I will never forget the first time we stepped into Guatemala in November 2006. In three short three weeks, we had accepted the referral of our 4th child and boarded an airplane to meet our son, Dennis Leonel. We had the great privilege of spending a few days bonding with him when he was only 6 weeks old; an experience no longer available to those adopting internationally today. Our nursery was a simple hotel room. We soaked up every moment of our limited time together, trading him back and forth between our arms. Returning Dennis to his foster mother at the end of our visit simply broke my heart in half. We spent the next year impossibly straddled between the United States and Guatemala. I made a total of 5 trips to complete his adoption, and 2 additional trips to complete our daughter Rebekah’s adoption. Between 2006- 2008 these 7 trips tied my heart and our family to Guatemala forever. I love this land, simply because it gave us so much love.
I believe wholeheartedly “to whom much is given, much is required.” Owing a debt I could never begin to repay, I’ve tried many different ways to reconnect in Guatemala through ministry, advocacy, or volunteerism. Yet, every single door I’ve ever tried to open has simply shut before it’s ever been wide enough for me to go through. Emails and phone calls with organizations serving in-country went unreturned; several potential mission trips never materializing; offers to support ministries through volunteer labor fell on deaf ears. Eventually realizing the timing must not be right, I decided to take a step back and wait on God. I even let my passport expire. At some point, I began to understand that returning to Guatemala was more about my children’s needs than my own.
Over these same years, my oldest daughter, Lydia, became a student of Spanish. She argues about the fluency of her skills, but anyone who can write a research paper and laugh at soap operas in Spanish has some level of competency in the language. Deeply influenced by our adoptions, Lydia also chose to study social work. When she was looking for a place to intern this summer she was obviously drawn to Guatemala, a country she’s visited twice and loves for the very same reasons I do – Dennis & Rebekah. I was able to make a connection for her with Orphan’s Heart, one of the ministries I now work for in my new position in Florida. She was accepted into their intern program for Guatemala this summer where she will be using both her education and language skills to serve children and families. Her entire trip was fully funded, ahead of the deadline, by many of the same great big hearts that helped us fund our two adoptions. Lydia leaves next week on June 3rd to serve for 5 weeks at the Orphan’s Heart Malnutrition Center.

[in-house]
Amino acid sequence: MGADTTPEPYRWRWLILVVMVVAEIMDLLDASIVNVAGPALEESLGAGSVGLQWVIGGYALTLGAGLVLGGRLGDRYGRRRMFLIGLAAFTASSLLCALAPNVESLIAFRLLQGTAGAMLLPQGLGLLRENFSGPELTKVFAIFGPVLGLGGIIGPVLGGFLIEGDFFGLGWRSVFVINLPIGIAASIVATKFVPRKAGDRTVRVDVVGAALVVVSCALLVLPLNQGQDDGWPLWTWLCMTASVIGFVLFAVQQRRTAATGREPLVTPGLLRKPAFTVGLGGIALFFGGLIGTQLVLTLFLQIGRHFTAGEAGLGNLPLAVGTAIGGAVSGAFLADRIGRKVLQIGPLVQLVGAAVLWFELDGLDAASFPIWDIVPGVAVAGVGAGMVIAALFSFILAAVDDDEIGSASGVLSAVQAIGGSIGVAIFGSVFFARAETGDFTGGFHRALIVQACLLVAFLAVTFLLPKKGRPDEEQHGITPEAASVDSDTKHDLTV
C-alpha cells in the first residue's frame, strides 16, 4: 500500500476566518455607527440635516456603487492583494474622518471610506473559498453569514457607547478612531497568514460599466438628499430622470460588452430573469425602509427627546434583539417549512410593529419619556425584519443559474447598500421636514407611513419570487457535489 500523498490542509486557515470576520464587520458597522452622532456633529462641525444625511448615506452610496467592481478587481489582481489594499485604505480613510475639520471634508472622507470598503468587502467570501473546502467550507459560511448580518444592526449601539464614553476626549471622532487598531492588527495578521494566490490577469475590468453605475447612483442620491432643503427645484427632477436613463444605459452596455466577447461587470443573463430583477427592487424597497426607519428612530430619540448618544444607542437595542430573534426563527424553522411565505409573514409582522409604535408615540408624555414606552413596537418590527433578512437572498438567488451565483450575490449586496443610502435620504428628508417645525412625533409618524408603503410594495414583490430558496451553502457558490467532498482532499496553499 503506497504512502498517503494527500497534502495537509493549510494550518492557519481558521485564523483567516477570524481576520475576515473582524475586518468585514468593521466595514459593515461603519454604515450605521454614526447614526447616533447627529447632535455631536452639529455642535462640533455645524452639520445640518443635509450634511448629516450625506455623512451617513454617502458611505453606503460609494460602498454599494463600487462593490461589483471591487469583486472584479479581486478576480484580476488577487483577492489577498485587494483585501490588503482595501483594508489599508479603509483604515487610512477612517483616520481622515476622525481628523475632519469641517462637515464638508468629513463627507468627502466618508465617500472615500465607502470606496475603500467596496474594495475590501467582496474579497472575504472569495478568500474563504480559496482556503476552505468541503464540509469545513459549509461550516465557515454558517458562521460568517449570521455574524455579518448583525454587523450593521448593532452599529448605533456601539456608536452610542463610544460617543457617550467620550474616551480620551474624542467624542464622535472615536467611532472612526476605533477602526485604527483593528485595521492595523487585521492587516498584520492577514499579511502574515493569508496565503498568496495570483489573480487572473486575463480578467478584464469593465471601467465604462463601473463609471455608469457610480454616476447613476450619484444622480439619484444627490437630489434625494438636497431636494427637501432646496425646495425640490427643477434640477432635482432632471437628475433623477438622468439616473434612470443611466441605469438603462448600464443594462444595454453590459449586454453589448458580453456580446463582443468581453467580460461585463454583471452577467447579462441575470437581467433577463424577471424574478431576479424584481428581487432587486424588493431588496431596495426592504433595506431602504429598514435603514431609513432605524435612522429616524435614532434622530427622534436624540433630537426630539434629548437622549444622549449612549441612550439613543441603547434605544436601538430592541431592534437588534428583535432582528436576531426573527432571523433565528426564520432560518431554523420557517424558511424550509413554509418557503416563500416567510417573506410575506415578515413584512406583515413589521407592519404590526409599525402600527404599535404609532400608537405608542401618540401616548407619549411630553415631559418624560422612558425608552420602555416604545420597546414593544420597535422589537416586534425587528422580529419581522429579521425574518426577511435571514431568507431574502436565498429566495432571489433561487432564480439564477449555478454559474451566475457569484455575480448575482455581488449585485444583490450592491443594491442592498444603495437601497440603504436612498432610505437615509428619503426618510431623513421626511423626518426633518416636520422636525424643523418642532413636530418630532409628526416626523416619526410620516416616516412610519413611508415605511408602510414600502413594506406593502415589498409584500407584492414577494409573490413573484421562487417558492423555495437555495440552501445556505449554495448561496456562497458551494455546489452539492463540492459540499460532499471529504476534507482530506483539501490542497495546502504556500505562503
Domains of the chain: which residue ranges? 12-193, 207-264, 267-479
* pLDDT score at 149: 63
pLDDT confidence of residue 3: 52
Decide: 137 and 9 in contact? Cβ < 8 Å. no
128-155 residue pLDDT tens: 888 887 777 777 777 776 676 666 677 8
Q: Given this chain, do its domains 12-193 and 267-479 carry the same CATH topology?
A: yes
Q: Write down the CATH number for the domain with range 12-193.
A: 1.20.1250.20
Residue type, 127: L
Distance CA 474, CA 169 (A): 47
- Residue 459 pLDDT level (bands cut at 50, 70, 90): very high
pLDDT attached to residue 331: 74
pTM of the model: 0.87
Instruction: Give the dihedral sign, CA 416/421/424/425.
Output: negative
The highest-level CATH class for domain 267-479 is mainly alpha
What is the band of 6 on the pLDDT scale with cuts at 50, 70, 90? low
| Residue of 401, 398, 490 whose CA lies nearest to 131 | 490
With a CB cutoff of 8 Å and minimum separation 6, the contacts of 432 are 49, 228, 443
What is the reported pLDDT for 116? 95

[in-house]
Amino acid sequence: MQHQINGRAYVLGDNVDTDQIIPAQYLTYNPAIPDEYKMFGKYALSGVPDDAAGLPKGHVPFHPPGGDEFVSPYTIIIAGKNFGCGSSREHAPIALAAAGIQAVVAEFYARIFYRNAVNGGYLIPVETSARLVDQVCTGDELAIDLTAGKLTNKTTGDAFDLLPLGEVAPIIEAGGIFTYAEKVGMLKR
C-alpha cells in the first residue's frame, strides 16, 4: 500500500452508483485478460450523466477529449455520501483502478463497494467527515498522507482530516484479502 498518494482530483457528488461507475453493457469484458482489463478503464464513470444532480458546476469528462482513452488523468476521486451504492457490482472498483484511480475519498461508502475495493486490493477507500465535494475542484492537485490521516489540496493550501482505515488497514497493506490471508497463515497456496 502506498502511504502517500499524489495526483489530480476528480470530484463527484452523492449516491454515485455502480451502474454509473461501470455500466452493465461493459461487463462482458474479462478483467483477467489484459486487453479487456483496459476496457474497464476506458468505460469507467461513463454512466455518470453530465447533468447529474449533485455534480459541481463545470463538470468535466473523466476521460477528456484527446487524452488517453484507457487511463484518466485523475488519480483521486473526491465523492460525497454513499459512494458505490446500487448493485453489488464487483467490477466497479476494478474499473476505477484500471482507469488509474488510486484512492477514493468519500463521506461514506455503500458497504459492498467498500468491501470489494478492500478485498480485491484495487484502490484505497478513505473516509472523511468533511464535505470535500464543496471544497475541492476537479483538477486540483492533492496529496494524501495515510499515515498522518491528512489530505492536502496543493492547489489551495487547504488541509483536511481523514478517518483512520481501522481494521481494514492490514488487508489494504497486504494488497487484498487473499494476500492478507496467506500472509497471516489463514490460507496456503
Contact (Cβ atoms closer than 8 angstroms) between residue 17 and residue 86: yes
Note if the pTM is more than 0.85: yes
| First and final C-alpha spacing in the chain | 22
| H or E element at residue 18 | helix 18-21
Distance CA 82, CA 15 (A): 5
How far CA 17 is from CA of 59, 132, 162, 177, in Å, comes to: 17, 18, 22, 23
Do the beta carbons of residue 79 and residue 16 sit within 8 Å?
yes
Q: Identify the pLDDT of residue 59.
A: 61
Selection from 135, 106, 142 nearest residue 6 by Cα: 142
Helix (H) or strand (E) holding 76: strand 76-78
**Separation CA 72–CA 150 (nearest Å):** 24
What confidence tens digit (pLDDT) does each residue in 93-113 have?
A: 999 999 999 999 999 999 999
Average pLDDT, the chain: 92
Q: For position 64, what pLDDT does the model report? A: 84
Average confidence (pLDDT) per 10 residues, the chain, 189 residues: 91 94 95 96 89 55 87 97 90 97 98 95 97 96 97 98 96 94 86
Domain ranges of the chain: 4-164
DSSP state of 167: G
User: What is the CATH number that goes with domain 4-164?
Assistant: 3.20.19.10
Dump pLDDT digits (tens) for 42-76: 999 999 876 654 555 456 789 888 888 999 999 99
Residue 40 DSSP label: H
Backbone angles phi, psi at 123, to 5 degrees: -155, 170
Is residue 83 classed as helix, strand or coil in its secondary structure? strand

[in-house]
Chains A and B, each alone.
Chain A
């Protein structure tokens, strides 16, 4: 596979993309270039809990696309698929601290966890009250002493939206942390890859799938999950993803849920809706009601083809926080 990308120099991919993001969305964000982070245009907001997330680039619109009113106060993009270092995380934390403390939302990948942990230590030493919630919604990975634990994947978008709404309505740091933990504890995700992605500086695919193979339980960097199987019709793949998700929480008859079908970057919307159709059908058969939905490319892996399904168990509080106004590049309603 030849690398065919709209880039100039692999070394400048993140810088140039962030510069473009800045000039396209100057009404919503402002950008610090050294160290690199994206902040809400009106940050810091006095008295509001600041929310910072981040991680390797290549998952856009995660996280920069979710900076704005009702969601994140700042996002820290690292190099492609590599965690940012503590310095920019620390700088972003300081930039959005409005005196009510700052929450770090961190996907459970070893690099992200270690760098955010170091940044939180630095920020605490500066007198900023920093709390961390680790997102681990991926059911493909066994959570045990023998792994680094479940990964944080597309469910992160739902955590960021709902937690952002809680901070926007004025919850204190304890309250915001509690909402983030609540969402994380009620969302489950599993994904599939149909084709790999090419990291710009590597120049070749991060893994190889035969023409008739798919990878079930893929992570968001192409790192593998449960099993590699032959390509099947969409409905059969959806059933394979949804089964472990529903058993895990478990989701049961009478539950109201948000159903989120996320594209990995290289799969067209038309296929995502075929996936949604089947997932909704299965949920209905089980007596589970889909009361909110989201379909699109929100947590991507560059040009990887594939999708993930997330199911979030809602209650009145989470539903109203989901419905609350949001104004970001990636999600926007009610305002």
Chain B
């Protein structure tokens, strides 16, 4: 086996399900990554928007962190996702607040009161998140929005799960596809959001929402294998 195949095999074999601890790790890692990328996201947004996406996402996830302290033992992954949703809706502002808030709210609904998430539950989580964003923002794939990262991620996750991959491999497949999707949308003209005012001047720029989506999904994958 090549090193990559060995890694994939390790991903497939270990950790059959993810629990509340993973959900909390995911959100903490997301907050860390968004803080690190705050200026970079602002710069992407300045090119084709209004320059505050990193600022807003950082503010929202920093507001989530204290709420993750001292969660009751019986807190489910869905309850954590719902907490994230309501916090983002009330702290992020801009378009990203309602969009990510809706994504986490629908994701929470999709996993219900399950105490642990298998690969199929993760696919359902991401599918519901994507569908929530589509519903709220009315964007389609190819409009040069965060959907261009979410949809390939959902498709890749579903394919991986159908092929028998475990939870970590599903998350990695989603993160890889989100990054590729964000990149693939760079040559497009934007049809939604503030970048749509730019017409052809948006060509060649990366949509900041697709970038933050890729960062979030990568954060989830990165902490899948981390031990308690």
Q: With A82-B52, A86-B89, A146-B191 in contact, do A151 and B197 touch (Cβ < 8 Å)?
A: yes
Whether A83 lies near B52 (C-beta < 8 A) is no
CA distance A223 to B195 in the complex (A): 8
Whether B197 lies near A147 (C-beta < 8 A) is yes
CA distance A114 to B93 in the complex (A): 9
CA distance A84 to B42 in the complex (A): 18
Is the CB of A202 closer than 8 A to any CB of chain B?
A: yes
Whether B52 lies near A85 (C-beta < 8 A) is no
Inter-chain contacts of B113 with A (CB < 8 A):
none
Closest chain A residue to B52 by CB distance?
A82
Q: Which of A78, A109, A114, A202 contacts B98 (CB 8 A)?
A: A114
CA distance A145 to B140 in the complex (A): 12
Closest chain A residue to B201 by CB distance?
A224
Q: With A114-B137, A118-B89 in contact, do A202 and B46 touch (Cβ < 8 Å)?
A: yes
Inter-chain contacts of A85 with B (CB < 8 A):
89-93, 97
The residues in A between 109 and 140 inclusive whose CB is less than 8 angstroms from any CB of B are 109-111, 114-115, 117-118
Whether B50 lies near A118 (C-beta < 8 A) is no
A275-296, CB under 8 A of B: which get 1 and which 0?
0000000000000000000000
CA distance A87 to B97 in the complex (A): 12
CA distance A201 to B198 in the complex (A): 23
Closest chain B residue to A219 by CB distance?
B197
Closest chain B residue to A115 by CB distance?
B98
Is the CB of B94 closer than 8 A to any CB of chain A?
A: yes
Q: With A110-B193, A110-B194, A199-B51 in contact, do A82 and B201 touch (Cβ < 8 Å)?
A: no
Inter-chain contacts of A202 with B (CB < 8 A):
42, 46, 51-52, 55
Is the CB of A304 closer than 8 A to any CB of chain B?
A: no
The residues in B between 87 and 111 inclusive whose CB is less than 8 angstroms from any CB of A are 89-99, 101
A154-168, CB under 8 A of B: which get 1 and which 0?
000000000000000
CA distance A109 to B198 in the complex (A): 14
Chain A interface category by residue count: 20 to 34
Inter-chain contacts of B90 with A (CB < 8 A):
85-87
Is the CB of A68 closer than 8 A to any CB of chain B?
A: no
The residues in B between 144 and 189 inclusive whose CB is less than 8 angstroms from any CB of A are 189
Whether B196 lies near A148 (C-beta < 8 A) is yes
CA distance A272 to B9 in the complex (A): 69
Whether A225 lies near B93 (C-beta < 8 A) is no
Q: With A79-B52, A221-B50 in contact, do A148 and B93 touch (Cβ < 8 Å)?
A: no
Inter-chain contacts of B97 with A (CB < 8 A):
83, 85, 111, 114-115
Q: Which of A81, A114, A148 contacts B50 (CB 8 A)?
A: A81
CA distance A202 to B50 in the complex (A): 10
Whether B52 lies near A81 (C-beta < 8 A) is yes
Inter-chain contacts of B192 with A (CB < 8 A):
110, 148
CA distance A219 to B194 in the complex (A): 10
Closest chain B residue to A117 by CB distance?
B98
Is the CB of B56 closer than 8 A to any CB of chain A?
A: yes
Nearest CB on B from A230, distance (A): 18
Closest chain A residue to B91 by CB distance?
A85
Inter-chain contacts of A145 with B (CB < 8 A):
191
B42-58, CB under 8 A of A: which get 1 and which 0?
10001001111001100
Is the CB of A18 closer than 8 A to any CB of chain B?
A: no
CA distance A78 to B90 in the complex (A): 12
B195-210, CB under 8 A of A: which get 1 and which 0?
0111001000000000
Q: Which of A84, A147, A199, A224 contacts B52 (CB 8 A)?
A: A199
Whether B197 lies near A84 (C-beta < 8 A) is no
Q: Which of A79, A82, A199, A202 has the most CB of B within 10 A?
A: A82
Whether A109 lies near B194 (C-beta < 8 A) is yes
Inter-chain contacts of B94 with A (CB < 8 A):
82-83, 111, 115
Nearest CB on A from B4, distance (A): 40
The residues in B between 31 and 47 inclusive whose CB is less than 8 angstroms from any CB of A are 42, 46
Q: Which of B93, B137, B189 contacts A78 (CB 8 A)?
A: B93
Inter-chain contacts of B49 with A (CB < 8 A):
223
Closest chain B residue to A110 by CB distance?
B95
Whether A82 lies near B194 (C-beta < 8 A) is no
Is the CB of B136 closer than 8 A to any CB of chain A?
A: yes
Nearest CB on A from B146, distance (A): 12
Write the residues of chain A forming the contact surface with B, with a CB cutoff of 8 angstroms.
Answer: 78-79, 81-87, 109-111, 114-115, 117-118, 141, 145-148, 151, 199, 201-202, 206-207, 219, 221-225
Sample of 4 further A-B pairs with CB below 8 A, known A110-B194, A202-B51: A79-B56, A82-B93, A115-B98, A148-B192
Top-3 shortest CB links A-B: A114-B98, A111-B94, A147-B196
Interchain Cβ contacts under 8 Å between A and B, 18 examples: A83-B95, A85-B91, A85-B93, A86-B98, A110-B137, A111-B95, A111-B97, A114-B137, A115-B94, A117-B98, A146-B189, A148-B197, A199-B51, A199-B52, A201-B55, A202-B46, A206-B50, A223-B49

Suddenly, a country that had been closed for our family was starting to reopen. As soon as Dennis & Rebekah learned sissy was going to Guatemala, they wanted to know why they couldn’t go too.
After some prayer, research, and soul searching we came up with a plan that seemed to be our best next step. I will be traveling with Dennis & Rebekah in early July to make their very first homeland visit. The three of us will vacation and explore their country, revisit sites we experienced together when they were babies and create some brand new memories. We will discover colonial Antigua, climb a volcano, explore the markets, visit the zoo, stay in the hotels where we first bonded, and eat at the Applebee’s where we had our very first meal together as a family. We will also visit Lydia and learn more about the work she has accomplished during her internship, and then we will get to bring sissy home.
As you can imagine, this trip has led us down the pathway of many heartfelt discussions and also led to many rounds of tears. Conversations about meeting birth mothers have come up many, many times. We talk about it, honestly, and I assure them one day we will look – together – for their biological families. But this time, this trip, well, it’s about making those first steps back to their country. I’ve listened to others ahead of me on this journey, taken to heart what they have shared, and sought out much council in making this decision. I’m expecting us to discover great joy and uncover great grief on our visit, that’s why this trip is not going to be a whole family vacation. It’s simply going to be about what’s best for Dennis and Rebekah. What makes the most sense, at this stage of their development, is to build a healthy and integrated view of their ethnicity while helping them learn to navigate unresolvable parts of their story. Birth mother searches and eventually reunion visits will come, but this trip – our first step back together– is going to be simply about exploring beautiful and enchanting Guatemala.